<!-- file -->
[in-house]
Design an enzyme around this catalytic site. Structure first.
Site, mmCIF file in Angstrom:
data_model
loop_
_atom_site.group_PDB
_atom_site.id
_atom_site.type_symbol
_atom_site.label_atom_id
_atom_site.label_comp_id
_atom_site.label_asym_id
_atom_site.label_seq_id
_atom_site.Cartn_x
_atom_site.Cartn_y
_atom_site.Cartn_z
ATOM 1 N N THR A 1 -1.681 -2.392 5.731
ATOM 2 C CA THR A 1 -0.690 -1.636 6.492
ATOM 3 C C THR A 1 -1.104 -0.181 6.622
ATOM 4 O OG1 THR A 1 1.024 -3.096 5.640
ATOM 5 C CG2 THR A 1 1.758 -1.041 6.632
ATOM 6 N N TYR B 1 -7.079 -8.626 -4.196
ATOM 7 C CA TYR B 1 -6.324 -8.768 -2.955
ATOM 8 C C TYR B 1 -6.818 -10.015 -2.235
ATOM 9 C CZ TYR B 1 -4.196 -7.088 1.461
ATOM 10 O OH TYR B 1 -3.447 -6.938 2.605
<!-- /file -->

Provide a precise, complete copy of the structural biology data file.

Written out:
[in-house]
Design an enzyme around this catalytic site. Structure first.
Site, mmCIF file in Angstrom:
data_model
loop_
_atom_site.group_PDB
_atom_site.id
_atom_site.type_symbol
_atom_site.label_atom_id
_atom_site.label_comp_id
_atom_site.label_asym_id
_atom_site.label_seq_id
_atom_site.Cartn_x
_atom_site.Cartn_y
_atom_site.Cartn_z
ATOM 1 N N THR A 1 -1.681 -2.392 5.731
ATOM 2 C CA THR A 1 -0.690 -1.636 6.492
ATOM 3 C C THR A 1 -1.104 -0.181 6.622
ATOM 4 O OG1 THR A 1 1.024 -3.096 5.640
ATOM 5 C CG2 THR A 1 1.758 -1.041 6.632
ATOM 6 N N TYR B 1 -7.079 -8.626 -4.196
ATOM 7 C CA TYR B 1 -6.324 -8.768 -2.955
ATOM 8 C C TYR B 1 -6.818 -10.015 -2.235
ATOM 9 C CZ TYR B 1 -4.196 -7.088 1.461
ATOM 10 O OH TYR B 1 -3.447 -6.938 2.605